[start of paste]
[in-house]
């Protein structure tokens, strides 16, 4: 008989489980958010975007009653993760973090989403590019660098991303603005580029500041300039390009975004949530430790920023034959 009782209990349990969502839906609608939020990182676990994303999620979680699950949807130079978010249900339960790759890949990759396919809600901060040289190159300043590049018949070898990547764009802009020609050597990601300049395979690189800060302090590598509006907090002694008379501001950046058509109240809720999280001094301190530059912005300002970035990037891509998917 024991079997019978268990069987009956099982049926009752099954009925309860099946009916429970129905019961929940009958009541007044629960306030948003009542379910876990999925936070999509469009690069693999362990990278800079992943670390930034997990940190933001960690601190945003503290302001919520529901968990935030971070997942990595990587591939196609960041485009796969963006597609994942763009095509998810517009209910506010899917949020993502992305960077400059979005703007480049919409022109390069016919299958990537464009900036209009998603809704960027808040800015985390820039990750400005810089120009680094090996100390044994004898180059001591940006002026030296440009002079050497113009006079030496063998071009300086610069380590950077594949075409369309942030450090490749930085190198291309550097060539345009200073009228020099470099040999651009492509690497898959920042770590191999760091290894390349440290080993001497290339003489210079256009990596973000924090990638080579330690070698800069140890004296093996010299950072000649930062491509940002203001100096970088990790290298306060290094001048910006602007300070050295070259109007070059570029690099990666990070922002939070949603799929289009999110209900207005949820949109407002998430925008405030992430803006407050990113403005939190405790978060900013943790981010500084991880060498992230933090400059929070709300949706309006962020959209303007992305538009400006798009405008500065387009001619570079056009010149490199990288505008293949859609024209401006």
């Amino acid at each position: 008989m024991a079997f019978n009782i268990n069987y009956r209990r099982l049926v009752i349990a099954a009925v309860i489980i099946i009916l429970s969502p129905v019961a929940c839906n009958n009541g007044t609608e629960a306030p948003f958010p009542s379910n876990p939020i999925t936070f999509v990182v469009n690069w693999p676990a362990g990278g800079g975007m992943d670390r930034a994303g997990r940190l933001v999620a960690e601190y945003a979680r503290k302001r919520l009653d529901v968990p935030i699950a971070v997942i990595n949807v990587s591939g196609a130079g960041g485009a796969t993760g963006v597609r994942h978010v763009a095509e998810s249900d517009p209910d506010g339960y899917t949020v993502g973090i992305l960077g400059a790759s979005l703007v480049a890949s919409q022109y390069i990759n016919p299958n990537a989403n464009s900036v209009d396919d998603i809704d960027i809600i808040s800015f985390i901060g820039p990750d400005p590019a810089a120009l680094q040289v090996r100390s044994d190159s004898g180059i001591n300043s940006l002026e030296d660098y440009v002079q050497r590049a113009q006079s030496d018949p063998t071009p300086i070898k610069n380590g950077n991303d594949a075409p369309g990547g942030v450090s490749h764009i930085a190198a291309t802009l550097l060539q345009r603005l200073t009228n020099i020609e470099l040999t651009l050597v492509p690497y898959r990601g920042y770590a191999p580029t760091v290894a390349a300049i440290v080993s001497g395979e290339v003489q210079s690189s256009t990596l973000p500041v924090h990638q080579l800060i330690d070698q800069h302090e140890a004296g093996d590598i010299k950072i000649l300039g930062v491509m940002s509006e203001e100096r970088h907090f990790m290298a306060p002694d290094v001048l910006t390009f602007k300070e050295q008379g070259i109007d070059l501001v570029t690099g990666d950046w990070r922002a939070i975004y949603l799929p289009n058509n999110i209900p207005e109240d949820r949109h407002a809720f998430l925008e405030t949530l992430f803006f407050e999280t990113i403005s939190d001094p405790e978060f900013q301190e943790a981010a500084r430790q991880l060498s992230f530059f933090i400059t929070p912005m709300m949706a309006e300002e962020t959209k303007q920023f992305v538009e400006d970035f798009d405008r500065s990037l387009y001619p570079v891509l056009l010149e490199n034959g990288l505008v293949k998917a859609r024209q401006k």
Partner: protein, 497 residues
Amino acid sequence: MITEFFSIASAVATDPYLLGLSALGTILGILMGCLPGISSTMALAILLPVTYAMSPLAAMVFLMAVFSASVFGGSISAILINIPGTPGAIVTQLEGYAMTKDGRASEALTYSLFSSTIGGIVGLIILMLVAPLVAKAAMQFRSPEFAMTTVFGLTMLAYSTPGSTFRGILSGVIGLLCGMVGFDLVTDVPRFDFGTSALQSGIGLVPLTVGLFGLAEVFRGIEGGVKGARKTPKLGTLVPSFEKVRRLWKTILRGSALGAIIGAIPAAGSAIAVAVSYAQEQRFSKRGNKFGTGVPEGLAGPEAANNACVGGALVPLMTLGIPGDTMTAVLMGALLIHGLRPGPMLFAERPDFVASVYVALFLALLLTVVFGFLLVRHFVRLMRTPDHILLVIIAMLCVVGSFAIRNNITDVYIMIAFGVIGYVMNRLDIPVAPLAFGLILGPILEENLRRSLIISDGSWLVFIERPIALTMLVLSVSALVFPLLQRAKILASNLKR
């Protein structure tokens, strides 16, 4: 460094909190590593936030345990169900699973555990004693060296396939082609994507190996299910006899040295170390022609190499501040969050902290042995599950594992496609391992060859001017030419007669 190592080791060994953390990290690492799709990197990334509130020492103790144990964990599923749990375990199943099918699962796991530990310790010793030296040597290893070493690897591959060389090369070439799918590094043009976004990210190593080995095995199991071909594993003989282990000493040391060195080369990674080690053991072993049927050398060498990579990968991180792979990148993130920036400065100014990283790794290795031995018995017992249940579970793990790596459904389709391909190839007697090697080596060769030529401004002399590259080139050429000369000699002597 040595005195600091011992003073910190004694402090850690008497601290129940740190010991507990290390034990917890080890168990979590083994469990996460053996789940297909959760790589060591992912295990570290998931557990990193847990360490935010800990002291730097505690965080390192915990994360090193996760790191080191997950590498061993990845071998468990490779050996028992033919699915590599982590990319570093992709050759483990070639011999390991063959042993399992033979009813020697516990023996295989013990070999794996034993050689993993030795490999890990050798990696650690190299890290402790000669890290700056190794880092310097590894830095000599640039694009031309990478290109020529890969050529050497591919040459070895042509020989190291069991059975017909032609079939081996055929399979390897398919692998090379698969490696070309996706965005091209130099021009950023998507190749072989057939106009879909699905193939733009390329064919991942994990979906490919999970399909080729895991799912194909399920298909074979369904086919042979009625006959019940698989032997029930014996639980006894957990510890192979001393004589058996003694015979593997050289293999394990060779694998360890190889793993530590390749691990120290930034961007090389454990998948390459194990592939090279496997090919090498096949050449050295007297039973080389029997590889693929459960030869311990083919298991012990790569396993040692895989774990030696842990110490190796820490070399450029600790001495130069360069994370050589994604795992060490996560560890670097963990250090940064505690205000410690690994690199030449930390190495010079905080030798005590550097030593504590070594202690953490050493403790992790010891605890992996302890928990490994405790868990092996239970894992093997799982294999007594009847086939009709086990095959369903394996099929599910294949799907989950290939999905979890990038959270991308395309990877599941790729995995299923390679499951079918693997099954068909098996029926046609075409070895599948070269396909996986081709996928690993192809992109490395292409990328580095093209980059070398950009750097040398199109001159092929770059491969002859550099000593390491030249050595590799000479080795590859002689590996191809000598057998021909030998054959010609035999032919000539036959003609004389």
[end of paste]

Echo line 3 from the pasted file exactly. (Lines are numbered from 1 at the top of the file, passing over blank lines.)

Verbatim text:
């Amino acid at each position: 008989m024991a079997f019978n009782i268990n069987y009956r209990r099982l049926v009752i349990a099954a009925v309860i489980i099946i009916l429970s969502p129905v019961a929940c839906n009958n009541g007044t609608e629960a306030p948003f958010p009542s379910n876990p939020i999925t936070f999509v990182v469009n690069w693999p676990a362990g990278g800079g975007m992943d670390r930034a994303g997990r940190l933001v999620a960690e601190y945003a979680r503290k302001r919520l009653d529901v968990p935030i699950a971070v997942i990595n949807v990587s591939g196609a130079g960041g485009a796969t993760g963006v597609r994942h978010v763009a095509e998810s249900d517009p209910d506010g339960y899917t949020v993502g973090i992305l960077g400059a790759s979005l703007v480049a890949s919409q022109y390069i990759n016919p299958n990537a989403n464009s900036v209009d396919d998603i809704d960027i809600i808040s800015f985390i901060g820039p990750d400005p590019a810089a120009l680094q040289v090996r100390s044994d190159s004898g180059i001591n300043s940006l002026e030296d660098y440009v002079q050497r590049a113009q006079s030496d018949p063998t071009p300086i070898k610069n380590g950077n991303d594949a075409p369309g990547g942030v450090s490749h764009i930085a190198a291309t802009l550097l060539q345009r603005l200073t009228n020099i020609e470099l040999t651009l050597v492509p690497y898959r990601g920042y770590a191999p580029t760091v290894a390349a300049i440290v080993s001497g395979e290339v003489q210079s690189s256009t990596l973000p500041v924090h990638q080579l800060i330690d070698q800069h302090e140890a004296g093996d590598i010299k950072i000649l300039g930062v491509m940002s509006e203001e100096r970088h907090f990790m290298a306060p002694d290094v001048l910006t390009f602007k300070e050295q008379g070259i109007d070059l501001v570029t690099g990666d950046w990070r922002a939070i975004y949603l799929p289009n058509n999110i209900p207005e109240d949820r949109h407002a809720f998430l925008e405030t949530l992430f803006f407050e999280t990113i403005s939190d001094p405790e978060f900013q301190e943790a981010a500084r430790q991880l060498s992230f530059f933090i400059t929070p912005m709300m949706a309006e300002e962020t959209k303007q920023f992305v538009e400006d970035f798009d405008r500065s990037l387009y001619p570079v891509l056009l010149e490199n034959g990288l505008v293949k998917a859609r024209q401006k």